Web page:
“You may delay, but time will not.” (Ben Franklin) from the Jack’s Winning Words blog.
Procrastination is an all too common human tendency. The ability to convince ourselves that we’ll get to something later is way too easy and all too convenient. Unfortunately, so is the resulting cases of “coulda, woulda, shouldas” that tend to follow. You coulda taken the time to call that expired listing and you woulda gone and knocked on the door of that FSBO, ‘cause you know that you shoulda been doing more prospecting all along.
Procrastination is one of the biggest issues that I have to face every day. It is just so easy to convince myself that sitting here writing a blog post is a better use f my time than prospecting – or at least it feels better. And at the end of each day, there are things that I can look back and say to myself,” I shoulda gotten to that, maybe tomorrow.” I’m gonna work on that tomorrow.
Some of the biggest regrets that many people have revolve around things they put off doing – visiting that sick relative or friend before they passed away or perhaps not taking some action to stop or prevent some neglect or abuse before it was too late. Many people look back over their lives and feel regret for not having been more generous or more involved with charitable works. Some feel remorse for relationships gone bad that might have been saved by timely action. Because of a fifty year celebration that I missed, I recently learned how many of my old classmates from high school are already gone and regretted not having made the effort to stay in touch somehow.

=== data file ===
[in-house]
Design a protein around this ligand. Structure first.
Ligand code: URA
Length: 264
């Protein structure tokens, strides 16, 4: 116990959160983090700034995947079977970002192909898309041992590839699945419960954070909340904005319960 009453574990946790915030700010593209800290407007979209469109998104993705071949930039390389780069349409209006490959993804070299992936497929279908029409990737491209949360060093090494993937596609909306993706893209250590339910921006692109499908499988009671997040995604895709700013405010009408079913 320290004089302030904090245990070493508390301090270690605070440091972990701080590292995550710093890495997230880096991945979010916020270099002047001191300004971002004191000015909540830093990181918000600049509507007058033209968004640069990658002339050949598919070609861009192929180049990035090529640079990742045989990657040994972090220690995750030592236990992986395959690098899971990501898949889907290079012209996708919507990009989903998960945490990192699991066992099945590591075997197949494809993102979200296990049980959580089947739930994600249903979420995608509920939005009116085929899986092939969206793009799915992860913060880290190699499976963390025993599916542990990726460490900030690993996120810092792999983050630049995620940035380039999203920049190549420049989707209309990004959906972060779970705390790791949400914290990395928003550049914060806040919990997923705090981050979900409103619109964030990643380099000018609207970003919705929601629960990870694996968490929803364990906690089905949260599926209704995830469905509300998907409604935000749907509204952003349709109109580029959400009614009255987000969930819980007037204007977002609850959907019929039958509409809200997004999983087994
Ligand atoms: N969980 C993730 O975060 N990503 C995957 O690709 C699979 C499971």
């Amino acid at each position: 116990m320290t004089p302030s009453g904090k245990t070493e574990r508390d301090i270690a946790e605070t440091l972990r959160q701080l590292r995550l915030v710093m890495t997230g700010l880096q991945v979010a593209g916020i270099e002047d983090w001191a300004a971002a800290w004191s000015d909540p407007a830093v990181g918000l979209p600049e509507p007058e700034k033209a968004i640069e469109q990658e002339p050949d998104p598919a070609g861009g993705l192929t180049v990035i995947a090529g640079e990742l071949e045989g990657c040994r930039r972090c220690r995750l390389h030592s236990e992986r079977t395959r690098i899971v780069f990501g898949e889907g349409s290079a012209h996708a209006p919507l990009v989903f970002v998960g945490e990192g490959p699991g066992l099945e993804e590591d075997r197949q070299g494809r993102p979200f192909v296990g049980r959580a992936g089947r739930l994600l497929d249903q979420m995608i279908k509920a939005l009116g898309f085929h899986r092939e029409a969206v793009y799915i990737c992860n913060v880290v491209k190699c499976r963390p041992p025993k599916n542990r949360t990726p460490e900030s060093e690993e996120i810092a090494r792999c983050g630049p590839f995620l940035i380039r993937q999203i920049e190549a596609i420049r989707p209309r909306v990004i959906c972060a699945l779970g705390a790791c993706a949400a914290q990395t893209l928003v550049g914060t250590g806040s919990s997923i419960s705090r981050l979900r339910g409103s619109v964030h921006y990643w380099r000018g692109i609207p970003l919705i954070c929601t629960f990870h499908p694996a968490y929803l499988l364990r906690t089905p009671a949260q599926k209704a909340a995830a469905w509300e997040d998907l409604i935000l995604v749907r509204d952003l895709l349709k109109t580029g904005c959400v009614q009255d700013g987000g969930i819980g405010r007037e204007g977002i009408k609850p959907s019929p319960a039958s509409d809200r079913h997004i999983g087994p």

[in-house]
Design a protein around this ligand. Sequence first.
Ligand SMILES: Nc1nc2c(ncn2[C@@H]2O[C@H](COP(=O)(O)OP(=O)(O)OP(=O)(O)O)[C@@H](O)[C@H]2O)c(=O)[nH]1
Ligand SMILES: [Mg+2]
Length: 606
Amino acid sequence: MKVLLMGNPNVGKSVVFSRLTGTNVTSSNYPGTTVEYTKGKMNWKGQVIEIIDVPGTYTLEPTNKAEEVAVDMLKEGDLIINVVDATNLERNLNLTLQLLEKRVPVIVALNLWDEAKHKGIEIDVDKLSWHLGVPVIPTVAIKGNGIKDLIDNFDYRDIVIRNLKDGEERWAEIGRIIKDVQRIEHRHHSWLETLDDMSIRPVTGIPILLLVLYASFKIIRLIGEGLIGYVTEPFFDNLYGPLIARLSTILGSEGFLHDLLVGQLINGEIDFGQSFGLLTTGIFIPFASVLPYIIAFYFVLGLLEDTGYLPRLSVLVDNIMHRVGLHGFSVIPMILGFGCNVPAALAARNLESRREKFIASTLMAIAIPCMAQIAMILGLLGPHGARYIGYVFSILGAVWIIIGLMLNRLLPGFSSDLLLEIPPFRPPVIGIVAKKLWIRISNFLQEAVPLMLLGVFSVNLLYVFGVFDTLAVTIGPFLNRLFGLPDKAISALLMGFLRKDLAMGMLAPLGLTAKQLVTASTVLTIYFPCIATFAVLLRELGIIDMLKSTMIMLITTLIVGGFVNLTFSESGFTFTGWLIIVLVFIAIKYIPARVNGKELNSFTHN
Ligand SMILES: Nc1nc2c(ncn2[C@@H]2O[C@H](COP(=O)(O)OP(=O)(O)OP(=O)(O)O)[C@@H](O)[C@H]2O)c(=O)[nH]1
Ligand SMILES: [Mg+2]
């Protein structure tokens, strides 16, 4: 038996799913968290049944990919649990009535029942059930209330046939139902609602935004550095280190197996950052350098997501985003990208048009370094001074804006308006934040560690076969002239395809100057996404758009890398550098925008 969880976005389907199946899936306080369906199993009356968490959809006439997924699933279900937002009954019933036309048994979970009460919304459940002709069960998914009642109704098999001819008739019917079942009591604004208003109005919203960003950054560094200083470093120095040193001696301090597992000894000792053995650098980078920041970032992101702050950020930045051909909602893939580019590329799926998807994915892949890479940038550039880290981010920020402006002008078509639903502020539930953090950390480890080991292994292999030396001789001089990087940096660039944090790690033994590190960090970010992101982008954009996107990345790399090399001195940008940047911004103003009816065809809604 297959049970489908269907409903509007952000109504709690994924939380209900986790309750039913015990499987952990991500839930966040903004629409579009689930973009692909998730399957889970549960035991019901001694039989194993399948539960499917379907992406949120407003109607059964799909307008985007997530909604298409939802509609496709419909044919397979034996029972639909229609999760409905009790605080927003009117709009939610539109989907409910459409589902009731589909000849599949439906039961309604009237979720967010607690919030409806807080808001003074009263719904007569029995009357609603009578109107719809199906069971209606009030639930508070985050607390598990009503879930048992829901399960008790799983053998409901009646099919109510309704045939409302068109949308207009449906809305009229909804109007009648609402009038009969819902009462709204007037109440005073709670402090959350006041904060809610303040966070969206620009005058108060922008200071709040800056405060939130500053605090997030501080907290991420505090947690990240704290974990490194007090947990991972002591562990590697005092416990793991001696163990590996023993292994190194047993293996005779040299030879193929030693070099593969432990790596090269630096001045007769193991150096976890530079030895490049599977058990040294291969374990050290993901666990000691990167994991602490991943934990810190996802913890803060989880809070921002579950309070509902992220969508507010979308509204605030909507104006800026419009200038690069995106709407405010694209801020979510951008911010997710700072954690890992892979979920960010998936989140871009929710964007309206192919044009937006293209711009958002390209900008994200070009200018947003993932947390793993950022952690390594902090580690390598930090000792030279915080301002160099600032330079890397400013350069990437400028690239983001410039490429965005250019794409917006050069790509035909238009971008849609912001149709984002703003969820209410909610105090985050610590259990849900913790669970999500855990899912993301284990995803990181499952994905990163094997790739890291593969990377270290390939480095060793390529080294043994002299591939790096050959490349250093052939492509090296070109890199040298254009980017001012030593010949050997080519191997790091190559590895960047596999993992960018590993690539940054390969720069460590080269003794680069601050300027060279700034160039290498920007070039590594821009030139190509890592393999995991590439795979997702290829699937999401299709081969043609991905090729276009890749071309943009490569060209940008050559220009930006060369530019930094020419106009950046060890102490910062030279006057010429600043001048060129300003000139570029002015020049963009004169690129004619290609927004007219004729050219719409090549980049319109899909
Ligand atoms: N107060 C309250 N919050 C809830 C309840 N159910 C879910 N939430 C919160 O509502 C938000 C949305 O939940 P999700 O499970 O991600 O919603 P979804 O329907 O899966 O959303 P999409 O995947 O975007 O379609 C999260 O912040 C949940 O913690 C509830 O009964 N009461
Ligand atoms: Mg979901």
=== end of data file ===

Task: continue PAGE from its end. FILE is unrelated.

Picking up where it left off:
Time marches on with our without us in tow. Things don’t stop happening just because you hesitate or delay; they just happen without you. Potential clients will buy goods or services from someone else, whether you call on them or not. Not calling just assures you another coulda, woulda, shoulda moment. So don’t delay. Make the calls today and you’ll always have plenty of things to do tomorrow. And in your personal life, don’t wait to call that old friend or relative until you get word that it’s too late. You can’t really talk to a memory – call today.